The same poll that found the public favoring more restrictions on guns also found the NRA with virtually the same image as (actually, slightly better than) the Democratic Party.
While 42 percent of respondents had a favorable image of the NRA and 34 percent had an unfavorable one, 41 percent had a favorable view of the Democratic Party and 36 percent had an unfavorable one.
Talk of more gun control is more likely to resonate with voters as a top-tier issue in urban and suburban areas than in rural areas, but most of the representatives in and around major urban areas in the Northeast, Midwest and far West already are Democrats who support more gun control.
But it is far too soon to know whether the issue will have legs six months from now, let alone more than a year and a half from now. That certainly depends on whether there are other high-profile shootings over the next 20 months and whether other issues for swing voters will overshadow guns.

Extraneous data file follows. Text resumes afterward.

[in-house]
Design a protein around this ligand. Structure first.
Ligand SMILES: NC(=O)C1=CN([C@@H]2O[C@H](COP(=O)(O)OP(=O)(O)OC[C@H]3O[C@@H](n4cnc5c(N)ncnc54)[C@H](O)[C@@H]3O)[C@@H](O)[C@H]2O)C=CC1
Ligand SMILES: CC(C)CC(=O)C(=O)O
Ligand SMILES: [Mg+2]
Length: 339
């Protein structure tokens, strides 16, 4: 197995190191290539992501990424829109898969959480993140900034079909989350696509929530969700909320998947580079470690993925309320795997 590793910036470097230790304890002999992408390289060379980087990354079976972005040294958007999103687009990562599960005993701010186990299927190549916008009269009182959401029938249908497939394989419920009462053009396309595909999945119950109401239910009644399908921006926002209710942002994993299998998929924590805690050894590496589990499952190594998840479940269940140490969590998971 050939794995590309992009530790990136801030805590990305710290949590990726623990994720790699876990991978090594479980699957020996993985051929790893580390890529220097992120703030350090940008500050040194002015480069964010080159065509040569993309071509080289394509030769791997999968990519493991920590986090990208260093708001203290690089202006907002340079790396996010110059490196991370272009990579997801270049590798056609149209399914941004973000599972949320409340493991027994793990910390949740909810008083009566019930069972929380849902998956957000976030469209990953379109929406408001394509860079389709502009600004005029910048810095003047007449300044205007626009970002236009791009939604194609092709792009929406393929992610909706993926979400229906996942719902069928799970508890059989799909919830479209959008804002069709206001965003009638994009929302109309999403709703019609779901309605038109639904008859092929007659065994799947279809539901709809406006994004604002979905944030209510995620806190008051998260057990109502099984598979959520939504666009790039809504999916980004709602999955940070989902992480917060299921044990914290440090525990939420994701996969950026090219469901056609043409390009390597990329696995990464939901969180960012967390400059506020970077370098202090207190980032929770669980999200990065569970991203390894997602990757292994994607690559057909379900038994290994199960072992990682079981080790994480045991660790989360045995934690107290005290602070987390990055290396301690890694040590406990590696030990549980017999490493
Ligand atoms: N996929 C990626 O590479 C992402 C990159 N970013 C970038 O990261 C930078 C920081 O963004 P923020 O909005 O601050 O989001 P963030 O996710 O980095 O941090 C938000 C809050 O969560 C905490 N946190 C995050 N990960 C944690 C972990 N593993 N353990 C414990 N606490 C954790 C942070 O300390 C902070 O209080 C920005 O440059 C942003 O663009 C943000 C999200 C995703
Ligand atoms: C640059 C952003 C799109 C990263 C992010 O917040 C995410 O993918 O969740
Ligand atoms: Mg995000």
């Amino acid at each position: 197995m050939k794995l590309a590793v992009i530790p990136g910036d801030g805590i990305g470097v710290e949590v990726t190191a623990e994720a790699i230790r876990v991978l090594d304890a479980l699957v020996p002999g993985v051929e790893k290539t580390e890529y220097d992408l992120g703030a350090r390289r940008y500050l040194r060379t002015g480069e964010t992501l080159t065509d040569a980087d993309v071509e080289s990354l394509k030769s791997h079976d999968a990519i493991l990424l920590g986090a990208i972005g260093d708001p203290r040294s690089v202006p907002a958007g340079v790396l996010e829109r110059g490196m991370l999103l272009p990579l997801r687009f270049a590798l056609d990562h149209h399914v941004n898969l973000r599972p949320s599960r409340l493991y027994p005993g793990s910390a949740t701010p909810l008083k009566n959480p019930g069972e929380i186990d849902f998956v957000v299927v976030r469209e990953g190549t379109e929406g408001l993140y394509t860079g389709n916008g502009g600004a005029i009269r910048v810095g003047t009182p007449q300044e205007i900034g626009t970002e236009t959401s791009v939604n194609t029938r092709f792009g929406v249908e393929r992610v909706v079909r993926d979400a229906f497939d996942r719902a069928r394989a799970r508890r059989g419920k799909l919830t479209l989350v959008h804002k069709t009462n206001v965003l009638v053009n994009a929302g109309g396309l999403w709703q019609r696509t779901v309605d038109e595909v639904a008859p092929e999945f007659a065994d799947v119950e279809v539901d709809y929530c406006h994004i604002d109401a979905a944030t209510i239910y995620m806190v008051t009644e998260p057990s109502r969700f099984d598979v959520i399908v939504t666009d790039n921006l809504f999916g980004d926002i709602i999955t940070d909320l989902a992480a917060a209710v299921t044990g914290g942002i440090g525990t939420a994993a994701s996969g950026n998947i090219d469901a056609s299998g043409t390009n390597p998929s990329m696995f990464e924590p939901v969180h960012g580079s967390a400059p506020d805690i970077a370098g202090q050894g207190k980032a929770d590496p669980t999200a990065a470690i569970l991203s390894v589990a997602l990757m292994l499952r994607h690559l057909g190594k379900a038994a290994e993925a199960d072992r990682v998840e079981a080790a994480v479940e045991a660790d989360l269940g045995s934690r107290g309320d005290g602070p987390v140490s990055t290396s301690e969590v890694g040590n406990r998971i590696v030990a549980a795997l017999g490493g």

Bloomberg, who gets kid glove treatment from reporters and commentators who would be skewering the Koch Brothers or George Soros for doing the same thing that the mayor has done with his money, will need to do a lot more than help the winning candidate in a Chicago-area Democratic primary before he has the right to claim that he has transformed American politics.
For now, the Illinois race tells us precious little about the effect of gun control in 2014 or about the midterm elections in general.
Stuart Rothenberg (@stupolitics) is editor of the Rothenberg Political Report (rothenbergpoliticalreport.com).
Vice President Joe Biden waits to conduct a mock swearing-in ceremony with Sen. Brian Schatz, D-Hawaii, in the Capitol's Old Senate Chamber, December 2, 2014. Schatz was sworn in to serve the remainder of his term since he was appointed to the seat after Sen. Daniel Inouye, D-Hawaii, passed away.